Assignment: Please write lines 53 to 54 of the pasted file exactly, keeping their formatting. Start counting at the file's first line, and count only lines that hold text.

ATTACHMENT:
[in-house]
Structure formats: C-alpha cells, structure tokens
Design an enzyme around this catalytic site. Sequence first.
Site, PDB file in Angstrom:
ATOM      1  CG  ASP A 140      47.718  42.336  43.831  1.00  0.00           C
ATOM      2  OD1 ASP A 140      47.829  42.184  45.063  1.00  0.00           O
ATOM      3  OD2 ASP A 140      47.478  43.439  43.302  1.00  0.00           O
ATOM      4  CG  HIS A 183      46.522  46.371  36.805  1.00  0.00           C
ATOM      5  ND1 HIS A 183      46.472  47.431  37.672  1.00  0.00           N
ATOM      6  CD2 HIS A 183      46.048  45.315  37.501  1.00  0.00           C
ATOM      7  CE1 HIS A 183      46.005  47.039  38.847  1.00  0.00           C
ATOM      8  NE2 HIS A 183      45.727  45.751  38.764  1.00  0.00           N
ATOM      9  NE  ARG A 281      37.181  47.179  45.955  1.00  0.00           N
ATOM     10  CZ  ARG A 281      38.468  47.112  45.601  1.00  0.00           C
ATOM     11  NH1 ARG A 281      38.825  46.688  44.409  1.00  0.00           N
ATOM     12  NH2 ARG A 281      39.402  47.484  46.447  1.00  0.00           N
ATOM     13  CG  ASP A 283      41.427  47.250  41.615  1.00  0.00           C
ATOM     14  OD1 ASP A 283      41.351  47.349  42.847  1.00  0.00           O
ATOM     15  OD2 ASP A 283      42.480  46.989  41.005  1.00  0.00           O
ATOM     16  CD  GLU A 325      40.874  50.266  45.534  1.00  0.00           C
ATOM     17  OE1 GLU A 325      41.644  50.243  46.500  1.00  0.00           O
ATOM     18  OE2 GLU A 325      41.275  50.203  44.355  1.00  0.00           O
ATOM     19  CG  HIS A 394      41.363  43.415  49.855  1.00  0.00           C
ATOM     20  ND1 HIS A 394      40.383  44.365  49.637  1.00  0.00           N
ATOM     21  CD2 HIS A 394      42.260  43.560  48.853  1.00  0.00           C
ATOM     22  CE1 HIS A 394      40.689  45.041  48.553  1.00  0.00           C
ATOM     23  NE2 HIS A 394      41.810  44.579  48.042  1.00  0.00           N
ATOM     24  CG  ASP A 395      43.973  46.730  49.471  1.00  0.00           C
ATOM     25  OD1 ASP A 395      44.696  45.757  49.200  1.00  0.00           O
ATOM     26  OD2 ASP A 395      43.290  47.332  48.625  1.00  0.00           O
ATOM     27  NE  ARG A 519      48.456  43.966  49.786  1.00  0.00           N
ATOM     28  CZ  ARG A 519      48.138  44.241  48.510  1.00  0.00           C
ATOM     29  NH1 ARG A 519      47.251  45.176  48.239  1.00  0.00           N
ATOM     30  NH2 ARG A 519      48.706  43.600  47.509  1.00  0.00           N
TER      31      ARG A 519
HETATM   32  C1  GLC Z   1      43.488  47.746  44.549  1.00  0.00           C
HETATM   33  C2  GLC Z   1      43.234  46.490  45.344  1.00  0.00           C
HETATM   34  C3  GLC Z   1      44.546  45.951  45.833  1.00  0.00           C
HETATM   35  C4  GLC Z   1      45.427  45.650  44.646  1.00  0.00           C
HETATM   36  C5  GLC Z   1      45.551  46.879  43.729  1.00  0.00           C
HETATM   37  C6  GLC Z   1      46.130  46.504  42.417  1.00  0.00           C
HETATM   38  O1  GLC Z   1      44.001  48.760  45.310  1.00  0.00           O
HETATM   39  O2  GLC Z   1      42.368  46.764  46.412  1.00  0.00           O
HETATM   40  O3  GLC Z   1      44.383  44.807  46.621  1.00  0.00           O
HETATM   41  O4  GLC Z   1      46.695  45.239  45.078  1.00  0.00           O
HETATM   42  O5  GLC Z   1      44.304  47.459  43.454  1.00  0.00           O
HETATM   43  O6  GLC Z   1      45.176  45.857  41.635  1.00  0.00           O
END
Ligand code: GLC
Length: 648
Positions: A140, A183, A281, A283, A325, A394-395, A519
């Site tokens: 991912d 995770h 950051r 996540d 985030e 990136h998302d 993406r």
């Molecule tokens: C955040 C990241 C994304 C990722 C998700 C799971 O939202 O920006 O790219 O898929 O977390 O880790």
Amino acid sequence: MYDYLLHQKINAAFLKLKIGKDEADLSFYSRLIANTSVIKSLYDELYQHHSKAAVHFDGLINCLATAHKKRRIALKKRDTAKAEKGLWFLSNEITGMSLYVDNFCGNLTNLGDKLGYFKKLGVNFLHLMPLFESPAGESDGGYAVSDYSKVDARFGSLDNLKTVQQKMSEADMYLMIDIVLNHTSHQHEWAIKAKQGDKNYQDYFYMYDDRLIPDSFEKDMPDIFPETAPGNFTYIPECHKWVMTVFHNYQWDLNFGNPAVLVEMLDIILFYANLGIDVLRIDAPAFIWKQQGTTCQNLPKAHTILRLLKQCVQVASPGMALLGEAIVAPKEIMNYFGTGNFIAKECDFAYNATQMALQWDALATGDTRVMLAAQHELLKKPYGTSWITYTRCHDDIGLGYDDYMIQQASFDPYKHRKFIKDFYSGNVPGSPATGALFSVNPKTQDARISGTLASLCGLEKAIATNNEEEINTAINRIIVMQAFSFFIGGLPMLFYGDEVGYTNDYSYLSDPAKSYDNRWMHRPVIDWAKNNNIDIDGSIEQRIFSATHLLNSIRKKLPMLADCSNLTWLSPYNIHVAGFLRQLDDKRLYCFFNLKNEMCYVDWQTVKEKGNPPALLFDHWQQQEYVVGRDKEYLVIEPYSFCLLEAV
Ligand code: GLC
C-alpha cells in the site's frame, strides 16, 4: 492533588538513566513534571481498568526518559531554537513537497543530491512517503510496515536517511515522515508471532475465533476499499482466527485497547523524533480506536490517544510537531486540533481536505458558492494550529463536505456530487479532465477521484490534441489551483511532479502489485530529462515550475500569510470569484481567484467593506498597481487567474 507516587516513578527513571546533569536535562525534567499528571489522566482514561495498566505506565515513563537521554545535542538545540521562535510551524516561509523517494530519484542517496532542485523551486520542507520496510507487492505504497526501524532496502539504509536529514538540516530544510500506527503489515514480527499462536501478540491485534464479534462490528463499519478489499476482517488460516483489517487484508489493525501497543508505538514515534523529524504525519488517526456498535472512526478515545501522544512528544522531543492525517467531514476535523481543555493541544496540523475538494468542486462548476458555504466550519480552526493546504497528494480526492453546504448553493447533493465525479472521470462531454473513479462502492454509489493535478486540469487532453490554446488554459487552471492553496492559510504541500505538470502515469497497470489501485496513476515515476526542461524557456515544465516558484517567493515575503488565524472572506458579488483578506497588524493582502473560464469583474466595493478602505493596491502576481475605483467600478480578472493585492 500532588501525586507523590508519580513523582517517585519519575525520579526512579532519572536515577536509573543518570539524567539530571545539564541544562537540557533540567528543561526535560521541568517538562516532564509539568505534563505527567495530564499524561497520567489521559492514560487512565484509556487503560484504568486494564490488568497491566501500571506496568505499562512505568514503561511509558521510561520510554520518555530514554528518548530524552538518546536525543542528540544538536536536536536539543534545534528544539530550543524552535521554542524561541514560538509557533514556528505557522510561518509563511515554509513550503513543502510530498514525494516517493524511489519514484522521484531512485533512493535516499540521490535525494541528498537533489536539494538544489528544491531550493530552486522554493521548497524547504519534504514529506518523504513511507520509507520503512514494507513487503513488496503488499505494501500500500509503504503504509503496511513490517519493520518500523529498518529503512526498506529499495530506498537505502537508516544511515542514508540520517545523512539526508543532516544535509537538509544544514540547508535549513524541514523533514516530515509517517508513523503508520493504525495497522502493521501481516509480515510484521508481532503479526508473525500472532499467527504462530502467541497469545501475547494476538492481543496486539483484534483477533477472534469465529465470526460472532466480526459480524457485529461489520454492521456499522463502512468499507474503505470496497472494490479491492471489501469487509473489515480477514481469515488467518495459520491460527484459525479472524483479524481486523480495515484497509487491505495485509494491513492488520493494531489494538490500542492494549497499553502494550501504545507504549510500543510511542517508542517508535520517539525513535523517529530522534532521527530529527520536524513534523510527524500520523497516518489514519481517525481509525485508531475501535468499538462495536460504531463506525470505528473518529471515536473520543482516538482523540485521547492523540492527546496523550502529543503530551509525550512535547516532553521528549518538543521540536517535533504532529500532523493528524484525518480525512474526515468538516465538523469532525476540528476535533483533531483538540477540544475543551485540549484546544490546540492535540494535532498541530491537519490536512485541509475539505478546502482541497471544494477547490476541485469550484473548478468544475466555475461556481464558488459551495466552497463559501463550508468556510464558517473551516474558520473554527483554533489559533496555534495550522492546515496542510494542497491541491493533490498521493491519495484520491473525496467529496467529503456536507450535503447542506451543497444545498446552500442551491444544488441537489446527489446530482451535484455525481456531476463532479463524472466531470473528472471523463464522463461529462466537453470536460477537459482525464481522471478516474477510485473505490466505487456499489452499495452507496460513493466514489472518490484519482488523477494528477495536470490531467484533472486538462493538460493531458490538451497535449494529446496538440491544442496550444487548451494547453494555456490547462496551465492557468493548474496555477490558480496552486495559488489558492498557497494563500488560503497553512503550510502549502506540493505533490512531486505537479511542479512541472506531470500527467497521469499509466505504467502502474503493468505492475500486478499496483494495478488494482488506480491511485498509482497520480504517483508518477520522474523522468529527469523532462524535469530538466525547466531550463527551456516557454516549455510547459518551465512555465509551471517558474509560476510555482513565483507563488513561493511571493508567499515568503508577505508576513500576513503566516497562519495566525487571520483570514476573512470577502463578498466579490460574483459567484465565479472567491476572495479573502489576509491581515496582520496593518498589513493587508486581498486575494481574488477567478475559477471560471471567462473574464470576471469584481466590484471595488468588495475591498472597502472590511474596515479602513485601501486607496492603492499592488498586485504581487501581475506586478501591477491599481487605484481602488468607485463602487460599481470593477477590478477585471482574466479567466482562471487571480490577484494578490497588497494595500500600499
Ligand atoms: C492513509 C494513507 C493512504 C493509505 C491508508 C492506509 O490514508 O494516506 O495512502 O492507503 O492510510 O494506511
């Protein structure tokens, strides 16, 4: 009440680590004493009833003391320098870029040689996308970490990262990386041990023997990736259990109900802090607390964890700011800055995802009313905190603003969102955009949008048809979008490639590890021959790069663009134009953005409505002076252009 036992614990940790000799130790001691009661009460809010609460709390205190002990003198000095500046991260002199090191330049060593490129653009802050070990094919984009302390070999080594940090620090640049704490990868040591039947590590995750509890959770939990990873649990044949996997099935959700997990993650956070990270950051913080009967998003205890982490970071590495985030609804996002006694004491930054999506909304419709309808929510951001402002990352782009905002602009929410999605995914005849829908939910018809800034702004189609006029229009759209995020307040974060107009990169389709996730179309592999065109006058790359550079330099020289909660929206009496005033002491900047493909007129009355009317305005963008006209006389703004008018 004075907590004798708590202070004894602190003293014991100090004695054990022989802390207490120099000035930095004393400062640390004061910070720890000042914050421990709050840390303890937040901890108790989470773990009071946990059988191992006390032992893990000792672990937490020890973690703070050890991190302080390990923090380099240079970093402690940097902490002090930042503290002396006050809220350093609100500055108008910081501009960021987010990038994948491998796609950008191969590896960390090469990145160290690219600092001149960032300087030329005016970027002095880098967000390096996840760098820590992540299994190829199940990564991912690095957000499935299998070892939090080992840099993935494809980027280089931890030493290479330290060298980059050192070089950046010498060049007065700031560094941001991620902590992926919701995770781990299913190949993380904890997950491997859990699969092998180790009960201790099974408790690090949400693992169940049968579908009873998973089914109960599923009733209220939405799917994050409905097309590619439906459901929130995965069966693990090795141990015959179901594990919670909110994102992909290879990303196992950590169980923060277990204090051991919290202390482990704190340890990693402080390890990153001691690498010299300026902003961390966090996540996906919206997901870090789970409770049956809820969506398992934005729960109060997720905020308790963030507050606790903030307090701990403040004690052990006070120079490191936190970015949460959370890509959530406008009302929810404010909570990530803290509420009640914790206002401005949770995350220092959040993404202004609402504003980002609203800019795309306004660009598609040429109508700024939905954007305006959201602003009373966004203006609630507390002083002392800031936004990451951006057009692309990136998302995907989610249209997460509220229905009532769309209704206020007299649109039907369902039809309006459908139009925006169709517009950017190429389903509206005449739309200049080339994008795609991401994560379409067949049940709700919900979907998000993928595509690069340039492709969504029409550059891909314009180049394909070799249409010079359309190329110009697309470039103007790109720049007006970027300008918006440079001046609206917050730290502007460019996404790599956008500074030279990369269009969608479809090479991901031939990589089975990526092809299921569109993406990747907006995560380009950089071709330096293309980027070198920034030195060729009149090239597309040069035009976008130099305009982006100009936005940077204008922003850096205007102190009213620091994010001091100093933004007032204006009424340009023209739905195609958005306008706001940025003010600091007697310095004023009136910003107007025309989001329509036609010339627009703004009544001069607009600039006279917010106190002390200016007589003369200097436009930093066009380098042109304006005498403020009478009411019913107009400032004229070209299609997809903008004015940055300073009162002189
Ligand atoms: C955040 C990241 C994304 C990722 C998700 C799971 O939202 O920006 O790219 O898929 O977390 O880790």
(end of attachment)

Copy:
């Molecule tokens: C955040 C990241 C994304 C990722 C998700 C799971 O939202 O920006 O790219 O898929 O977390 O880790």
Amino acid sequence: MYDYLLHQKINAAFLKLKIGKDEADLSFYSRLIANTSVIKSLYDELYQHHSKAAVHFDGLINCLATAHKKRRIALKKRDTAKAEKGLWFLSNEITGMSLYVDNFCGNLTNLGDKLGYFKKLGVNFLHLMPLFESPAGESDGGYAVSDYSKVDARFGSLDNLKTVQQKMSEADMYLMIDIVLNHTSHQHEWAIKAKQGDKNYQDYFYMYDDRLIPDSFEKDMPDIFPETAPGNFTYIPECHKWVMTVFHNYQWDLNFGNPAVLVEMLDIILFYANLGIDVLRIDAPAFIWKQQGTTCQNLPKAHTILRLLKQCVQVASPGMALLGEAIVAPKEIMNYFGTGNFIAKECDFAYNATQMALQWDALATGDTRVMLAAQHELLKKPYGTSWITYTRCHDDIGLGYDDYMIQQASFDPYKHRKFIKDFYSGNVPGSPATGALFSVNPKTQDARISGTLASLCGLEKAIATNNEEEINTAINRIIVMQAFSFFIGGLPMLFYGDEVGYTNDYSYLSDPAKSYDNRWMHRPVIDWAKNNNIDIDGSIEQRIFSATHLLNSIRKKLPMLADCSNLTWLSPYNIHVAGFLRQLDDKRLYCFFNLKNEMCYVDWQTVKEKGNPPALLFDHWQQQEYVVGRDKEYLVIEPYSFCLLEAV